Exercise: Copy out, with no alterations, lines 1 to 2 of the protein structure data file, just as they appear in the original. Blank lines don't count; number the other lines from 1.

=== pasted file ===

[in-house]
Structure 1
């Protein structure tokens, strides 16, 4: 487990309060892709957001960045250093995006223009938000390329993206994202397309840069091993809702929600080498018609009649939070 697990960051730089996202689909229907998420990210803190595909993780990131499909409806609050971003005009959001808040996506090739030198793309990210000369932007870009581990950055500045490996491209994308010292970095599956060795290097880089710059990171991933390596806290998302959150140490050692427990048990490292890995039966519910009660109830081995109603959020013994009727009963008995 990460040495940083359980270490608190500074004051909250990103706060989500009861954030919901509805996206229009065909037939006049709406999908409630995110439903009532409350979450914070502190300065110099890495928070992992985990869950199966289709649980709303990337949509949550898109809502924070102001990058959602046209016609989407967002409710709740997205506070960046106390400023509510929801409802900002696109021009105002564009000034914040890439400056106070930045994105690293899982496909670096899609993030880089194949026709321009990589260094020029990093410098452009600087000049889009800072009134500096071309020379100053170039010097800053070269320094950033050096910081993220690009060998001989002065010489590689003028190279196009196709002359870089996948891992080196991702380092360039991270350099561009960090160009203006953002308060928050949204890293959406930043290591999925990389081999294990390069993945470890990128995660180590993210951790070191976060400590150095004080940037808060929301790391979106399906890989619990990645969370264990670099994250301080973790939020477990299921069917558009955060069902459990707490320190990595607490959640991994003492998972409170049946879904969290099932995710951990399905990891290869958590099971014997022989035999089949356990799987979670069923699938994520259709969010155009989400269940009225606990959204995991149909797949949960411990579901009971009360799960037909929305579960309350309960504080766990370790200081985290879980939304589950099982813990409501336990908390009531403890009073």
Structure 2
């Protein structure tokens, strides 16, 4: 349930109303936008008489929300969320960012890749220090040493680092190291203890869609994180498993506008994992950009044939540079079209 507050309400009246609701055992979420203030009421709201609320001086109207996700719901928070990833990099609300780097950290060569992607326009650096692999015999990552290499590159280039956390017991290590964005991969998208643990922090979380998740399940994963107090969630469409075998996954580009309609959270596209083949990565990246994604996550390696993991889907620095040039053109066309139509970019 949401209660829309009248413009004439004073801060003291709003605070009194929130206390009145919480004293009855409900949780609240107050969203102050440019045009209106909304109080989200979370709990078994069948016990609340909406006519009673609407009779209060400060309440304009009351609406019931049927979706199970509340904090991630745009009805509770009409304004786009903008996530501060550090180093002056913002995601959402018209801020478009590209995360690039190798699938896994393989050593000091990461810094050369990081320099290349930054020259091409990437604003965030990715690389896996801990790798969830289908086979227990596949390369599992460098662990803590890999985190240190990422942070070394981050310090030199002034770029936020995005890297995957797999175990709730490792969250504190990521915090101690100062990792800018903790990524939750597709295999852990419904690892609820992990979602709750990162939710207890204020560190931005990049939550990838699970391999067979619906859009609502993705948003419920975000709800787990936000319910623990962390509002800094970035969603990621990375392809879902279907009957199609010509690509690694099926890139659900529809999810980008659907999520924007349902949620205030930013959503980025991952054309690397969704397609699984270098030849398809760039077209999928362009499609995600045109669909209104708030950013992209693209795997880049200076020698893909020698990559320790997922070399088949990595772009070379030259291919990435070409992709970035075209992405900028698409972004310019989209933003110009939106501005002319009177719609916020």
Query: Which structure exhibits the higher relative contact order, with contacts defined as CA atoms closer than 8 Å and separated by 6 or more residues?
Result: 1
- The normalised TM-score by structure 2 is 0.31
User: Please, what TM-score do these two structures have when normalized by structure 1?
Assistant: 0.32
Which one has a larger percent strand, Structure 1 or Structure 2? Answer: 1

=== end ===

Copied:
[in-house]
Structure 1